Is digital advertising broken? If you believe Brendan Eich, one of the digital sector’s most respected voices, then yes it is. Eich is developing a blockchain-based digital advertising platform to clean up the mess he sees in the ecosystem, and reward users for their attention.
Not everyone is in agreement. Some of the very publishers the company wants to attract — to monetise the platform — are describing it as “blatantly illegal”.
He explained the problem and his solution in a recent interview with Which-50.
“Digital advertising is broken and is detrimental to its key stakeholders,” he said.
Skyrocketing fraud (and parasitic actors, according to the company blog) are taking billions of dollars in revenue away from publishers and damaging users’ online experience, he said.
“In 2016, ad fraud created by Internet bots cost advertisers an estimated $US7.2 billion. While advertisers face poor reporting and targeting, publishers are losing billions in revenue.”
“Users are also unhappy, relying on ad-blocking in order to protect their privacy and defend themselves against malware,” Eich said.
A blockchain-based ad exchange
The solution Eich and his company are proposing is a radical overhaul of display advertising, built on blockchain technology. It has already attracted funding from Founders Fund, Foundation Capital, Propel Venture Partners, Pantera Capital, DCG, Danhua Capital, and Huiyin Blockchain Venture among others.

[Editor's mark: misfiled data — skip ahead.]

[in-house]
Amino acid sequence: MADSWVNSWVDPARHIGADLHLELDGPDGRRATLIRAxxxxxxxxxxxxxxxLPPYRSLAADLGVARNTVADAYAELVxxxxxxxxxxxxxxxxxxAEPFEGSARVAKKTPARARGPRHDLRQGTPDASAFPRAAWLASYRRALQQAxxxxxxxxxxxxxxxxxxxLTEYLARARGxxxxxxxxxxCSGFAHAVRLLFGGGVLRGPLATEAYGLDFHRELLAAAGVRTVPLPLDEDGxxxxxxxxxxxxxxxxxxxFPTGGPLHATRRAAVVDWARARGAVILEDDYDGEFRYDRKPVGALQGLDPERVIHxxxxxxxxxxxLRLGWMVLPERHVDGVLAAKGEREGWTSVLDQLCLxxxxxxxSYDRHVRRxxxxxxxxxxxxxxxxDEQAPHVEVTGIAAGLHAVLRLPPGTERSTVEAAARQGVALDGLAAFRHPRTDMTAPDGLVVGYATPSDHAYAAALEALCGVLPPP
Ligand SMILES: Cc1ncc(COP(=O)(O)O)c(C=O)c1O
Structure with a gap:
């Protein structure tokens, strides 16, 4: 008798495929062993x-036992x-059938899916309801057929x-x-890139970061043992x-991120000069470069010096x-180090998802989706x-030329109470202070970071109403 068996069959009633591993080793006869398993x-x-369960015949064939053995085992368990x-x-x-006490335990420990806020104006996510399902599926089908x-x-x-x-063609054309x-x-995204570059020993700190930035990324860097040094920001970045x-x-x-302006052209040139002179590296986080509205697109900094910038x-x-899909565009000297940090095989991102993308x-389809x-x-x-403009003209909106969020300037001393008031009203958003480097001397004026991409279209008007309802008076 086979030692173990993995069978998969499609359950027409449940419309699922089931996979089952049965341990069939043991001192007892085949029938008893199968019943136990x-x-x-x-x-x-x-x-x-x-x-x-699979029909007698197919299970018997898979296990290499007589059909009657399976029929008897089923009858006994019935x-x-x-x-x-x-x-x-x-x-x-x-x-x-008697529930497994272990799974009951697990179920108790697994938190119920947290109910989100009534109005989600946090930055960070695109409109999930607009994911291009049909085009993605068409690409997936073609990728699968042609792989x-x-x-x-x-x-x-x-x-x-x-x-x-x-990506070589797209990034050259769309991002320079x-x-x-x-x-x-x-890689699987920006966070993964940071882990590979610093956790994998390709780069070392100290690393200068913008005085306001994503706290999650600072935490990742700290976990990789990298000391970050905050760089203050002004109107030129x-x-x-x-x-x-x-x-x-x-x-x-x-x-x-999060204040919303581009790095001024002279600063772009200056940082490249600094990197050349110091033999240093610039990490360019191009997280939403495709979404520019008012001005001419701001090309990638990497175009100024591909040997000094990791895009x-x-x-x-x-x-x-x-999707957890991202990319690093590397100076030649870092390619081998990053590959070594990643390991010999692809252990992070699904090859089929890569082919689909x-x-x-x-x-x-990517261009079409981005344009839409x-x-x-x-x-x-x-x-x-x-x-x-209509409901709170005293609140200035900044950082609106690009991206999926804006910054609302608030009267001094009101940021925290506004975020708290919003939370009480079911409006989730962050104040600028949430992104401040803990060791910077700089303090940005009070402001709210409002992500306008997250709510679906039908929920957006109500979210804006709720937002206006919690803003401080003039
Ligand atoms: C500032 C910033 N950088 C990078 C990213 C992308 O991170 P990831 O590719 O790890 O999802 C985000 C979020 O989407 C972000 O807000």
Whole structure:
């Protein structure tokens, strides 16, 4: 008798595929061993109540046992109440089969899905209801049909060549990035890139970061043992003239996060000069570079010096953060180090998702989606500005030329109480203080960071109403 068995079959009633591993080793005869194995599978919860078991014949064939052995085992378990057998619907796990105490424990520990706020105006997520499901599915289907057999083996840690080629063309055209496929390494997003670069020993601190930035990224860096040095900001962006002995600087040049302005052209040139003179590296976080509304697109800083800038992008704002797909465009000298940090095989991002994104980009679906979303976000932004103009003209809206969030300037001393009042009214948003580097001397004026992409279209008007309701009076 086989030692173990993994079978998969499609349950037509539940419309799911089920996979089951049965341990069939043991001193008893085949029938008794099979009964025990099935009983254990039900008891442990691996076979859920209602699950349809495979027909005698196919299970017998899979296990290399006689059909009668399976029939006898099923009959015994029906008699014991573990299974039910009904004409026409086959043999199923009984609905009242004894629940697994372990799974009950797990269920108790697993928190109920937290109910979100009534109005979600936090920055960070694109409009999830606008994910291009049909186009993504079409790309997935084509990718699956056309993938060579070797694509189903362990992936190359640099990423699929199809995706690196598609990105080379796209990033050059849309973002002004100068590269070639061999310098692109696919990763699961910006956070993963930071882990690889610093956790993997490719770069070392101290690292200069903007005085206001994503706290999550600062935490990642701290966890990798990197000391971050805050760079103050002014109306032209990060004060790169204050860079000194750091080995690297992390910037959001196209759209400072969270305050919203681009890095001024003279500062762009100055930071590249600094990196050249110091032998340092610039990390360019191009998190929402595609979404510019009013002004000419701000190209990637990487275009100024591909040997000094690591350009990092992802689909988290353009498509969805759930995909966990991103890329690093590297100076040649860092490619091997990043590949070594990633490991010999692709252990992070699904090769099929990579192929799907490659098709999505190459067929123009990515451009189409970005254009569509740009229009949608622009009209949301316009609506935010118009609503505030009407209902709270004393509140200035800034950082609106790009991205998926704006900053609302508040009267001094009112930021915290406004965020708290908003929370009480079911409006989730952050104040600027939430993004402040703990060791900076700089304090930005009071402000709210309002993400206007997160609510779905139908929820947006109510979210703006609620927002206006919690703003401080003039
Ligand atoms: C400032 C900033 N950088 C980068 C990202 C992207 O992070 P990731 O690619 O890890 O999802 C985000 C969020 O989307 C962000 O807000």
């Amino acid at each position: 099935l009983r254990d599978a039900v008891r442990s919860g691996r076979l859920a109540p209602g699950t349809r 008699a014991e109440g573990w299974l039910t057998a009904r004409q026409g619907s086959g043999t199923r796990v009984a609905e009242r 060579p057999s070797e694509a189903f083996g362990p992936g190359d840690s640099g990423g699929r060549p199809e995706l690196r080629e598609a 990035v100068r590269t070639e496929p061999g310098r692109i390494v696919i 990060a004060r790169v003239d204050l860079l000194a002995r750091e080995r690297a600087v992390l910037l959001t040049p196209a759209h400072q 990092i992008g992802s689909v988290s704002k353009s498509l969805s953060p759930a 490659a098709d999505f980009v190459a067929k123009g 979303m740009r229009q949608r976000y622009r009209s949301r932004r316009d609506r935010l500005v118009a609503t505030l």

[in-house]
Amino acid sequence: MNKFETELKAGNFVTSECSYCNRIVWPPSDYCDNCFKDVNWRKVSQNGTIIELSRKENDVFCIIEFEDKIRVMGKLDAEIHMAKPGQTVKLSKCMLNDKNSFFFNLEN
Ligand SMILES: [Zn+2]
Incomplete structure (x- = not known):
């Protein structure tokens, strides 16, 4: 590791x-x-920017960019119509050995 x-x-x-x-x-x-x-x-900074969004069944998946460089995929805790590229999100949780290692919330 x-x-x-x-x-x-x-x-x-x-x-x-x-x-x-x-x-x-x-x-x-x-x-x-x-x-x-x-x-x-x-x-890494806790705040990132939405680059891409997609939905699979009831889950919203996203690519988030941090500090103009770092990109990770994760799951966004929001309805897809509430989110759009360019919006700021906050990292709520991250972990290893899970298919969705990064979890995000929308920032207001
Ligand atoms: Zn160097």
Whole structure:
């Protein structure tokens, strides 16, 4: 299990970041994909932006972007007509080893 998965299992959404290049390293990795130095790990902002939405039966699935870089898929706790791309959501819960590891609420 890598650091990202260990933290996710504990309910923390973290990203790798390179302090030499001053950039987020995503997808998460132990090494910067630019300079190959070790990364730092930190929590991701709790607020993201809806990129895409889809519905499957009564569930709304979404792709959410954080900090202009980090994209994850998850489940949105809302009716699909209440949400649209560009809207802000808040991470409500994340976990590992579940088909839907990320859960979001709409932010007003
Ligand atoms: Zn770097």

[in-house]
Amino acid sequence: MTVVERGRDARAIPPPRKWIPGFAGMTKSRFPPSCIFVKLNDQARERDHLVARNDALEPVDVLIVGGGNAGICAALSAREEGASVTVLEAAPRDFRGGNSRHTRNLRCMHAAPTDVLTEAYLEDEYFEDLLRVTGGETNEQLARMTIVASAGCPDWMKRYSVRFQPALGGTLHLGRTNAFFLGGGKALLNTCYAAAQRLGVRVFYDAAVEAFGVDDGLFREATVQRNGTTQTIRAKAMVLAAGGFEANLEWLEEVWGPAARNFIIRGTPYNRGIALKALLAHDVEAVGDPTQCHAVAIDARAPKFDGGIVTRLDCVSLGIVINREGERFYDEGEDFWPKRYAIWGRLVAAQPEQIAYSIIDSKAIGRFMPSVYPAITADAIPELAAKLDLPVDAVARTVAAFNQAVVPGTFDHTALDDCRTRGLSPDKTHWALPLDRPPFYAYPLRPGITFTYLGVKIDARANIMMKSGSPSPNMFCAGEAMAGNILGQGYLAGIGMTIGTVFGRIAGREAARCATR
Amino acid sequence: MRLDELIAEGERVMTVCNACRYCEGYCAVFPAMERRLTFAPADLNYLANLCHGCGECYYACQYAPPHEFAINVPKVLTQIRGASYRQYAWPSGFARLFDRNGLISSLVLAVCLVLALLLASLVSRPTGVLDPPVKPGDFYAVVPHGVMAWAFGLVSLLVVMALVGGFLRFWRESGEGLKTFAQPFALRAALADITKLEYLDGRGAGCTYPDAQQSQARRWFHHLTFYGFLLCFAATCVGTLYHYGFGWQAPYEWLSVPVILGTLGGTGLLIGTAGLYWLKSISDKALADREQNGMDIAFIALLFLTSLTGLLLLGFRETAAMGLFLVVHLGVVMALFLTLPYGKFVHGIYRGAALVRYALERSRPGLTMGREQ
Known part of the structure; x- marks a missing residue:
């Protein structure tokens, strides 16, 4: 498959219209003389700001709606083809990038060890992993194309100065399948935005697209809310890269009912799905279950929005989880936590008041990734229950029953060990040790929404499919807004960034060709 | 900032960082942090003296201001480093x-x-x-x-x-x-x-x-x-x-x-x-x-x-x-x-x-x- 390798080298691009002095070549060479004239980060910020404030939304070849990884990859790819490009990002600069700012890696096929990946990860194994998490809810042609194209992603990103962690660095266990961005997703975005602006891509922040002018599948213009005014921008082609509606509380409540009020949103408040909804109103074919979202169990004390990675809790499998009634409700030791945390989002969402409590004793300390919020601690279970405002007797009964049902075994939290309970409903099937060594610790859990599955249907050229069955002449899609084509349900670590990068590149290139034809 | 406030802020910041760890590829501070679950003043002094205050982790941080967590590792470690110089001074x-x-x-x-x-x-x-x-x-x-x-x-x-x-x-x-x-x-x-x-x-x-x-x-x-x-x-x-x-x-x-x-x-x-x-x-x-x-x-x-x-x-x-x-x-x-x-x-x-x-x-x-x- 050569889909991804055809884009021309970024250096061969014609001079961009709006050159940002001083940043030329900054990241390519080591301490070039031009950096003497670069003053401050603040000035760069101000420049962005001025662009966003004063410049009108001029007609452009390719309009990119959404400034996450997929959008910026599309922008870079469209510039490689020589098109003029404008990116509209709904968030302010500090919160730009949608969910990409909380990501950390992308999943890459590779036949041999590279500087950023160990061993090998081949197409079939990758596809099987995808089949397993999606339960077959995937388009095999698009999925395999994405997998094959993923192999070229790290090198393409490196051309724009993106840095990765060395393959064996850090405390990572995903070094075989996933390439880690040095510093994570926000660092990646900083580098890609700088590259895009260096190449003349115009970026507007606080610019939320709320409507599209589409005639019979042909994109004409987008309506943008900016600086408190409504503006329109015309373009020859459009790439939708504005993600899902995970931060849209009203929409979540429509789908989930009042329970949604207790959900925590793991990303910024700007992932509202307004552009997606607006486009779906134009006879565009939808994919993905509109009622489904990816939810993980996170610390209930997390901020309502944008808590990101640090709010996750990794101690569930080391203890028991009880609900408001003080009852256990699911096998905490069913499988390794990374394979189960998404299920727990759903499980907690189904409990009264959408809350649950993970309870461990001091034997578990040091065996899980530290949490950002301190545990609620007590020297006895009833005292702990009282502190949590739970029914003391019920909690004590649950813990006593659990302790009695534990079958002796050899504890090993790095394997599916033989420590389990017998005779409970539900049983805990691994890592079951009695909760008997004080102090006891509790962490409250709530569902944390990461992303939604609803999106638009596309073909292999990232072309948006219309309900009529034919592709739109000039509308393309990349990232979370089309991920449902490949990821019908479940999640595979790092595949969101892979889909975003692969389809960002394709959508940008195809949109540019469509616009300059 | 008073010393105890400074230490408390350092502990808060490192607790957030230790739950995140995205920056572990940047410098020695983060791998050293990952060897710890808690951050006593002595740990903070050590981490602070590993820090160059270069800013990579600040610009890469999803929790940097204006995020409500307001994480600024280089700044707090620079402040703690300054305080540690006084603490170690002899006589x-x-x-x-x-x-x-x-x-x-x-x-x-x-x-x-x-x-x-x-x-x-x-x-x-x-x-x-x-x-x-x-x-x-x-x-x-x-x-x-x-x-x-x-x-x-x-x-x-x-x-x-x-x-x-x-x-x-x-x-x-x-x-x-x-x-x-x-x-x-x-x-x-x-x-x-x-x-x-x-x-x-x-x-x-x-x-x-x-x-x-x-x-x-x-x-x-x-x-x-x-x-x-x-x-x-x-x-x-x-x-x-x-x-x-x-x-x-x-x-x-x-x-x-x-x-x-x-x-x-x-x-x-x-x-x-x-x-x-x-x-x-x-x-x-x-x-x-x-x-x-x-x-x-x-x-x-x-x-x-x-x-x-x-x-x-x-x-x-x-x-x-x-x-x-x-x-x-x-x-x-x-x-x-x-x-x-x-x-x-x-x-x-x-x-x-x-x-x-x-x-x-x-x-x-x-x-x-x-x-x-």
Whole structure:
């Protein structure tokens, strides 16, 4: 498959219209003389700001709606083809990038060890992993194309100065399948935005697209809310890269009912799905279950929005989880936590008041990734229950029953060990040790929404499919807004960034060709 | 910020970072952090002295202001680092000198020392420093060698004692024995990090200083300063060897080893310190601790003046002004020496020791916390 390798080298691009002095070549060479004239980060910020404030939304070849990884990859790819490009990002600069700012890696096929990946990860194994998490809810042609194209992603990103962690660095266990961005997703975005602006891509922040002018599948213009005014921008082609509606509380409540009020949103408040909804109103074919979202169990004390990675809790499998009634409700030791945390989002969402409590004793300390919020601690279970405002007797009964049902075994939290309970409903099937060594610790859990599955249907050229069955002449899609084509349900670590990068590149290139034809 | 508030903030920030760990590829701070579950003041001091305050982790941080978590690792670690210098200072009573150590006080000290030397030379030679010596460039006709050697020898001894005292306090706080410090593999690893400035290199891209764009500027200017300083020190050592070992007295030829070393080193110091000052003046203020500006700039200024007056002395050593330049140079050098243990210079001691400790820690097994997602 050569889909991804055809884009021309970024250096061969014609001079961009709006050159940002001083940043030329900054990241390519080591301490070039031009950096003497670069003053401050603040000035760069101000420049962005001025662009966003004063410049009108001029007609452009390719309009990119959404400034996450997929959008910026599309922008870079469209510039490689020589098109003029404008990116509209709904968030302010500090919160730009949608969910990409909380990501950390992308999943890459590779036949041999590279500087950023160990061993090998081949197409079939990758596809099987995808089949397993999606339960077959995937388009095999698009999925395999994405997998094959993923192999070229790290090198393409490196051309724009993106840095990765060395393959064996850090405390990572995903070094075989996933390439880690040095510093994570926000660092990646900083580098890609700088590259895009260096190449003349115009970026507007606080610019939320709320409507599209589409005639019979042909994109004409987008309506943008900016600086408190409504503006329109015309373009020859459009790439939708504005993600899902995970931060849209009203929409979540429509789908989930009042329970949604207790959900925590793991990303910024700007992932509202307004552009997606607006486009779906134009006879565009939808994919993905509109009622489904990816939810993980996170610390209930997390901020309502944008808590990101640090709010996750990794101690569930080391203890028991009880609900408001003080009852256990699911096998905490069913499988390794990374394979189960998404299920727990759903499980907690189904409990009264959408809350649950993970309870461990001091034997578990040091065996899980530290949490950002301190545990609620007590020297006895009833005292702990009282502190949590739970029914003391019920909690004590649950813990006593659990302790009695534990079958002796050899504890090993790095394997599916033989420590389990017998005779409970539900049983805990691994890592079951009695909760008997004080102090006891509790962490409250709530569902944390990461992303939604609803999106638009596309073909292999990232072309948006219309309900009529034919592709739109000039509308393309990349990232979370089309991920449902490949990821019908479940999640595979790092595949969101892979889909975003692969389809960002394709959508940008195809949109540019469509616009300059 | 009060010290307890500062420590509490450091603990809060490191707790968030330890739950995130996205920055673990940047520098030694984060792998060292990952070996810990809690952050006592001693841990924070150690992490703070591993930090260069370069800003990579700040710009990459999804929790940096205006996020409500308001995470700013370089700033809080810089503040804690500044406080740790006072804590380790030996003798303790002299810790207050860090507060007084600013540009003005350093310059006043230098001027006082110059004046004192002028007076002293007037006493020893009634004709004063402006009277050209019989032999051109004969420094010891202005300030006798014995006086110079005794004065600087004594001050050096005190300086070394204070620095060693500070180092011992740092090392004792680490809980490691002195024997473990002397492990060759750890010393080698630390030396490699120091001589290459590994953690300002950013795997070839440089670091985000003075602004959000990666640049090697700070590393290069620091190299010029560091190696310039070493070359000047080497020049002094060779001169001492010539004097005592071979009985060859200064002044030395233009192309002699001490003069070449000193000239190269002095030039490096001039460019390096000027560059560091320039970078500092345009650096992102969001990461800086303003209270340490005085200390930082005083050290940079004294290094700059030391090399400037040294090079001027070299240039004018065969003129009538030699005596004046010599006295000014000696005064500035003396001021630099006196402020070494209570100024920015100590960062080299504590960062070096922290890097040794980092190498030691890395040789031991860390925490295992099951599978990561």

The initial phase of the platform is tied to the company’s web browser, Brave, which has a built-in adblocker. If users opt in to see ads online, they are rewarded for their engagement with digital tokens — called Basic Attention Tokens (BATs).
The Brave browser and the BAT platform replace blocked ads with ads from approved publishers, provided users opt in. (Eich raised $US35 million for the Brave browser in under 30 seconds, according to Techcrunch.)
The number of tokens — and who receives them — is determined by user engagement with content and advertisements, which is privately monitored, Eich said.
Users who opt in to advertising have their engagement privately monitored, without trackers, within the Brave browser. Machine-learning algorithms match relevant ads to users based on the content they are engaging.
This engagement also determines how many tokens a publisher receives.
“Publishers will be rewarded accordingly with BATs — tokens of utility in a secure, private, and anonymous advertising system based in the browser and the mobile app web view,” the company blog said.
So why would anyone opt in to view ads, considering the Brave browser does a good job at blocking them?
Under the BAT system, users are also awarded tokens for their participation. The tokens can be “donated” to publishers or exchanged for premium content.
This involves them in a way traditional AdTech never has, and greatly improves their privacy, the company claims in its blog.
“By keeping the data on the device, encrypting the data, and shielding the identities of our users as a core principle, BAT forms a bond with users that proves that not only does their data hold value, it holds substantial value that has been ignored and exploited by the middlemen year after year in the current industry model,” according to the company blog.